Search Results

You are looking at 1 - 10 of 38 items for

  • Author or Editor: Roger Pielke Sr. x
  • Refine by Access: All Content x
Clear All Modify Search
Dr. Roger Pielke Sr.
Full access
Roger A. Pielke Sr.

Observations of the earth's heat budget provide a real-world constraint on the radiative forcing which is simulated in global climate change models. Assessments, such as the IPCC, would more effectively depict changes over time in the climate system by using a heat balance perspective in order to diagnose the earth's radiative imbalance. This commentary describes this approach and presents reasons such an assessment is valuable.

Full access
Roger A. Pielke Sr. and Tomislava Vukicevic
Full access
Melville E. Nicholls and Roger A. Pielke Sr.

Abstract

A three-dimensional, fully compressible cloud model is used to simulate a convective storm in order to investigate the properties of compression waves and gravity waves induced by latent heat release. Time series of the low-level pressure perturbations caused by the propagating waves are examined at various distances from the storm. A compression wave that is close to hydrostatic balance and can be considered to be a Lamb wave, which propagates in the horizontal plane, emerges from the storm. This latter property gives the wave a distinctly two-dimensional character that is clarified by comparison with a linear model of a two-dimensional thermally induced compression wave. This has implications for its shape and results in a decay rate with distance propagated from the source of 1/(distance)1/2. The period of the Lamb wave is determined primarily by the time it takes for the storm to develop and decay. The fast-moving Lamb wave is trailed by slower-moving thermally induced gravity waves. It is found that the amplitude of the gravity waves decay with 1/distance. Distinct gravity wave modes can be identified. The first mode propagates the fastest and results in deep subsidence warming. The second mode propagates at half the speed of the first and causes weak low-level uplift, which in some convective situations might aid the development of new convection.

An analysis of the transfer of internal and gravitational potential energies showed that the net transfer by the Lamb wave was approximately equal to the net increase of total energy in the atmosphere brought about by the convective storm. This result suggests that physical interpretations of total energy transfer in the atmosphere need to take into account that it can be transferred in a wavelike manner at the speed of sound.

An interesting buoyancy oscillation occurred when the downdraft air overshot its buoyant equilibrium level, which resulted in a resurgence of convection. The convection was able to obtain moderate strength by feeding on moist environmental air that had been advected over the top of the cold pool. This mechanism may be a factor contributing to the early meso-β convective cycle that has been observed in many convective systems.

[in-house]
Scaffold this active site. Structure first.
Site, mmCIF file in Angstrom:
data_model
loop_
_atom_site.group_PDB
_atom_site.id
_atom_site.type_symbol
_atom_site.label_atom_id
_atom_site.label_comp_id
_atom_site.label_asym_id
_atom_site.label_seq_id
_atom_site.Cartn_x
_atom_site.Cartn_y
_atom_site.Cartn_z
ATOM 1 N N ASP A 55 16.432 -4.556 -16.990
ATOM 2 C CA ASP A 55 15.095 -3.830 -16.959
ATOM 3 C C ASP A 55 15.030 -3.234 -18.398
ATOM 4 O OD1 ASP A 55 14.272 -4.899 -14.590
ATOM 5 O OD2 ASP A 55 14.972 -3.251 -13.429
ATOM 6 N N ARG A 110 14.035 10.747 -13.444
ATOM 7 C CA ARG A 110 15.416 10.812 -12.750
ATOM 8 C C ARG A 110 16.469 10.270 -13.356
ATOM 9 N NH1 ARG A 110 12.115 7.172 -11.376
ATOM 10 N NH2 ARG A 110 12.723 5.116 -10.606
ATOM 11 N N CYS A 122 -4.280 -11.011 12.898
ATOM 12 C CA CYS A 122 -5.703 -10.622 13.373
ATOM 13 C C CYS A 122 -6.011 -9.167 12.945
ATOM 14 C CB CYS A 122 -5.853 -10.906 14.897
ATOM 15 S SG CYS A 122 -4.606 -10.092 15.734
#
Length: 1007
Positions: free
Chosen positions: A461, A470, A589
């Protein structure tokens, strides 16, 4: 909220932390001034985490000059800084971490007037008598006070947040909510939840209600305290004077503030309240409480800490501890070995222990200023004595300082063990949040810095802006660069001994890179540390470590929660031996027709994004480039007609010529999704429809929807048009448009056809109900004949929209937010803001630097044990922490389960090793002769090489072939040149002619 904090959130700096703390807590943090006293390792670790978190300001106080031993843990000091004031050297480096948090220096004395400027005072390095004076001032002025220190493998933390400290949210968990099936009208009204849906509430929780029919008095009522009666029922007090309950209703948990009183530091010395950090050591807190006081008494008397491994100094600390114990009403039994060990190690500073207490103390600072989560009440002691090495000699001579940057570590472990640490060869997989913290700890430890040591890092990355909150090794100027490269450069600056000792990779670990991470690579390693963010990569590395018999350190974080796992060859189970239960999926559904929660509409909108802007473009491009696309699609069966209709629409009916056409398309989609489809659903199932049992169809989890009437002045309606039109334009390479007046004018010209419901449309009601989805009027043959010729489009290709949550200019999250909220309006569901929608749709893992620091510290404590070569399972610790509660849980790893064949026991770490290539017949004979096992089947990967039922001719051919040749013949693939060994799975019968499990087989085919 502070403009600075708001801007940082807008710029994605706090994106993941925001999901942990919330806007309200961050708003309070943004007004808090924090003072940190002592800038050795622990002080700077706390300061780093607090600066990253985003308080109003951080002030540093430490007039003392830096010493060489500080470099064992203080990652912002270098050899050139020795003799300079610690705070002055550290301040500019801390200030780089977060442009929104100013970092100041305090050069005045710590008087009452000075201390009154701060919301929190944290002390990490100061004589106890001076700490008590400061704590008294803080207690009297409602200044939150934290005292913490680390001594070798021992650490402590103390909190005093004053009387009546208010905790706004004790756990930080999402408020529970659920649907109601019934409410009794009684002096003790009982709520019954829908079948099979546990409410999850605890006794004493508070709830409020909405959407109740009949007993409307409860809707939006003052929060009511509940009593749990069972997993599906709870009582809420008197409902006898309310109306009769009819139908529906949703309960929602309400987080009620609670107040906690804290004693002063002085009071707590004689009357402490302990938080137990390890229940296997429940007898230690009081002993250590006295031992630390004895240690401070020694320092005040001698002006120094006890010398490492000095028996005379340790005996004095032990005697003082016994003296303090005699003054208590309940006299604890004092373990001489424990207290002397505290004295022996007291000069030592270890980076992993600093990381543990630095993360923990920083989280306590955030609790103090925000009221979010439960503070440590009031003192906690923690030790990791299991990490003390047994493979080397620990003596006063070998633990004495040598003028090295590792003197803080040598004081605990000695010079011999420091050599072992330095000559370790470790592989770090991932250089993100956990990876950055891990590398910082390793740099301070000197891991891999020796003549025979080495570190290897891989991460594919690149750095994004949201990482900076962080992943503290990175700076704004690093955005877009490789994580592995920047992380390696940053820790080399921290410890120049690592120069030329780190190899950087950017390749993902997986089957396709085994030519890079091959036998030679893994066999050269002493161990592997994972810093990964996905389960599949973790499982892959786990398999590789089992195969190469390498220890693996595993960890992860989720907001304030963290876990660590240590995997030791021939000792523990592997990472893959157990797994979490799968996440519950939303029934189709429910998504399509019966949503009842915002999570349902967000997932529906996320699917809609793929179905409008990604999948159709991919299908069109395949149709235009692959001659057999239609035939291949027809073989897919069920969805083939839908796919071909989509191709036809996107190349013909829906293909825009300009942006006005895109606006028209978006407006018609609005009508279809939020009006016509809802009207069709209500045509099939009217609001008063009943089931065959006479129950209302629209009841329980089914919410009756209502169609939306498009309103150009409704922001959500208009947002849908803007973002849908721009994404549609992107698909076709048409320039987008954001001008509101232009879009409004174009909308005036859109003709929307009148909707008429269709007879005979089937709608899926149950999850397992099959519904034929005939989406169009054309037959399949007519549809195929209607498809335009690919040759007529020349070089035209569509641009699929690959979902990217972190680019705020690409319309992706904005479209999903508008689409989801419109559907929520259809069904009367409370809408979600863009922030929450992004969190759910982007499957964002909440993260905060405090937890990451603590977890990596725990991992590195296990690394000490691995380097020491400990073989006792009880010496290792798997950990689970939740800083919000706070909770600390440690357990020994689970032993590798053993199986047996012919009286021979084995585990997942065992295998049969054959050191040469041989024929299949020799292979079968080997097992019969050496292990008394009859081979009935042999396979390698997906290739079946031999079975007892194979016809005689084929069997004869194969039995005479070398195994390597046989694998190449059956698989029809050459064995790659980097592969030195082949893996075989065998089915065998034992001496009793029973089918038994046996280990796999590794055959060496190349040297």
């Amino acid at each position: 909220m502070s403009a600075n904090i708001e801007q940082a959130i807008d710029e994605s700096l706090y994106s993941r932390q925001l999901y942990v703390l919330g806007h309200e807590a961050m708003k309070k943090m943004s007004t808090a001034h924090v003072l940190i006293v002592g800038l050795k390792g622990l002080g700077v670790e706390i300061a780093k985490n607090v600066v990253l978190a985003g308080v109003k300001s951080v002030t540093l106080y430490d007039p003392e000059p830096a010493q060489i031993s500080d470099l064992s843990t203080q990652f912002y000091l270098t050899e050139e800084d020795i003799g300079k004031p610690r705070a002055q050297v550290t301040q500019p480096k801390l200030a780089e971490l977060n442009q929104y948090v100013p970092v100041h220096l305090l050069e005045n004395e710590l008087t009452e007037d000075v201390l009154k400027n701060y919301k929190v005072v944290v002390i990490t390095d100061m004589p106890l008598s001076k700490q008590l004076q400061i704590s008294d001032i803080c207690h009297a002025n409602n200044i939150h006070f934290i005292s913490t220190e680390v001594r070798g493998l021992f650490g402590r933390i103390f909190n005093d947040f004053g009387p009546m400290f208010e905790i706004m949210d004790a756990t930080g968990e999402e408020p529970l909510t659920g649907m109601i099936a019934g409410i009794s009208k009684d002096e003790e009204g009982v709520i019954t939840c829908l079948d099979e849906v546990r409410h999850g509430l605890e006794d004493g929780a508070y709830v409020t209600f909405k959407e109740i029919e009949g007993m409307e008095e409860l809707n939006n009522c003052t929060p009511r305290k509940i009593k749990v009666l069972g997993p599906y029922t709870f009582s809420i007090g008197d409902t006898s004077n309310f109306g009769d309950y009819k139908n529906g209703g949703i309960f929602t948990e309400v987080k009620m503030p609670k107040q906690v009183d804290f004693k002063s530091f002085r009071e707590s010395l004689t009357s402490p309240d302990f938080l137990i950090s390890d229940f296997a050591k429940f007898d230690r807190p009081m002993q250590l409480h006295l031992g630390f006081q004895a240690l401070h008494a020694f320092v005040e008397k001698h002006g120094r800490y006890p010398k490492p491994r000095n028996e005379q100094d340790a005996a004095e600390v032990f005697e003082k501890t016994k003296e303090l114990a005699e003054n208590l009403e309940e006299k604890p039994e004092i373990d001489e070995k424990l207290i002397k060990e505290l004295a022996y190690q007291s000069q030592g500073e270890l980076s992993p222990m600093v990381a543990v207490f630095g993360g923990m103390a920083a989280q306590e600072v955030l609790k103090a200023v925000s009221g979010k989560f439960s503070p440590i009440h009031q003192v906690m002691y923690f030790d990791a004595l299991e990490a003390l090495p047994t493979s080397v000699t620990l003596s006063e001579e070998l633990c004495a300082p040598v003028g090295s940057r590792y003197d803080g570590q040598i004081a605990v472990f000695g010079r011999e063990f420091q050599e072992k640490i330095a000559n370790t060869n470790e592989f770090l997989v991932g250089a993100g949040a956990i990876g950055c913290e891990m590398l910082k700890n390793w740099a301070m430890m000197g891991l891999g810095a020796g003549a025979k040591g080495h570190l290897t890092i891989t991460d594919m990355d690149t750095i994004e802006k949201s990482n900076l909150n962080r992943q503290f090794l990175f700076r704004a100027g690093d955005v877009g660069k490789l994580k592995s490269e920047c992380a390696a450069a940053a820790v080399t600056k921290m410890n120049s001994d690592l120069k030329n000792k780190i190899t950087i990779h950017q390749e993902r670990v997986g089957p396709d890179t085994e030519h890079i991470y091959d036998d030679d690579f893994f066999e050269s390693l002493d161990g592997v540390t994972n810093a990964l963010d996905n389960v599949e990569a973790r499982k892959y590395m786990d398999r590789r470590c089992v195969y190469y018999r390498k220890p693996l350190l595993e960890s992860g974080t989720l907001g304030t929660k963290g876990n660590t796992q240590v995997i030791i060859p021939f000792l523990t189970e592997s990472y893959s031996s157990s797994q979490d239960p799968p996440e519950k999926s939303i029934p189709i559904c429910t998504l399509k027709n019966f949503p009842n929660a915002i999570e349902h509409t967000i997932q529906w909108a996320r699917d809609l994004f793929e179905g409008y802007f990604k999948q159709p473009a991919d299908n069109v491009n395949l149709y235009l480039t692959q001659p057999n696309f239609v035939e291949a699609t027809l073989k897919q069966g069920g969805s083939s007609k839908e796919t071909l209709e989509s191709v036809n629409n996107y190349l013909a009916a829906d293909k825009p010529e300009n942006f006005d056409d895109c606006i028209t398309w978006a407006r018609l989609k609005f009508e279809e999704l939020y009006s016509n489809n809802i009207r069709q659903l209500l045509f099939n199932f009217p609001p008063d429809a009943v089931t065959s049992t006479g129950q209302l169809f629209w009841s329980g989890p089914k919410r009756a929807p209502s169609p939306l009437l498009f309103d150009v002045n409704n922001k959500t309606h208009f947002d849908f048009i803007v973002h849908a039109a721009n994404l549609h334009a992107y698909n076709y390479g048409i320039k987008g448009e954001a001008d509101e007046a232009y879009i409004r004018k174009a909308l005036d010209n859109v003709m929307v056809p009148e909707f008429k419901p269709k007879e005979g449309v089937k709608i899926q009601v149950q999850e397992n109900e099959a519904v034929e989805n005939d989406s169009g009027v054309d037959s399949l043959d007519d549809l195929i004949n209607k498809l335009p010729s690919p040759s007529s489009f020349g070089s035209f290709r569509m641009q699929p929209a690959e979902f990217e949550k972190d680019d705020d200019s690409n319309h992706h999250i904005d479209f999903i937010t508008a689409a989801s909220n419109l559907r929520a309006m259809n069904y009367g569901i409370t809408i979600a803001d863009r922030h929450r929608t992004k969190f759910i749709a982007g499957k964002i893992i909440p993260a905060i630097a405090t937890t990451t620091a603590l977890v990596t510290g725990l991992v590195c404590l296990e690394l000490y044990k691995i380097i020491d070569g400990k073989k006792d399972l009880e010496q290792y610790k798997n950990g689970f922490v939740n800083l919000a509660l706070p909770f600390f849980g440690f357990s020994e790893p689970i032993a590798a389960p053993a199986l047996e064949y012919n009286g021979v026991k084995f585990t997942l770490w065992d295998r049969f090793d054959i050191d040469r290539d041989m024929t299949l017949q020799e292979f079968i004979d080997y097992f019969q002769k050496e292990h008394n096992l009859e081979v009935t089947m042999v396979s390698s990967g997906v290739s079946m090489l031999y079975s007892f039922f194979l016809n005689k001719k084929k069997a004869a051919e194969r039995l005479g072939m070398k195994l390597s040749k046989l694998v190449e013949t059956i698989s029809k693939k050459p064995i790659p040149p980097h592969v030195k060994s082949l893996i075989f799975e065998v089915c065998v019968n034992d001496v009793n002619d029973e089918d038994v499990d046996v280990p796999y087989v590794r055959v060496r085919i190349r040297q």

Full access
U. S. Nair, Mark R. Hjelmfelt, and Roger A. Pielke Sr.

Abstract

Strong easterly flow of low-level moist air over the eastern slopes of the Black Hills on 9–10 June 1972 generated a storm system that produced a flash flood, devastating the area. Based on observations from this storm event, and also from the similar Big Thompson 1976 storm event, conceptual models have been developed to explain the unusually high precipitation efficiency. In this study, the Black Hills storm is simulated using the Colorado State University Regional Atmospheric Modeling System. Simulations with homogeneous and inhomogeneous initializations and different grid structures are presented. The conceptual models of storm structure proposed by previous studies are examined in light of the present simulations.

Both homogeneous and inhomogeneous initialization results capture the intense nature of the storm, but the inhomogeneous simulation produced a precipitation pattern closer to the observed pattern. The simulations point to stationary tilted updrafts, with precipitation falling out to the rear as the preferred storm structure. Experiments with different grid structures point to the importance of removing the lateral boundaries far from the region of activity. Overall, simulation performance in capturing the observed behavior of the storm system was enhanced by use of inhomogeneous initialization.

Full access
Christopher L. Castro, Roger A. Pielke Sr., and Jimmy O. Adegoke

Abstract

Fifty-three years of the NCEP–NCAR Reanalysis I are dynamically downscaled using the Regional Atmospheric Modeling System (RAMS) to generate a regional climate model (RCM) climatology of the contiguous United States and Mexico. Data from the RAMS simulations are compared to the recently released North American Regional Reanalysis (NARR), as well as observed precipitation and temperature data. The RAMS simulations show the value added by using a RCM in a process study framework to represent North American summer climate beyond the driving global atmospheric reanalysis. Because of its enhanced representation of the land surface topography, the diurnal cycle of convective rainfall is present. This diurnal cycle largely governs the transitions associated with the evolution of the North American monsoon with regards to rainfall, the surface energy budget, and surface temperature. The lower frequency modes of convective rainfall, though weaker, account for rainfall variability at a remote distance from elevated terrain. As in previous studies with other RCMs, RAMS precipitation is overestimated compared to observations. The Great Plains low-level jet (LLJ) is also well represented in both RAMS and NARR, but the Baja LLJ and associated gulf surges are not.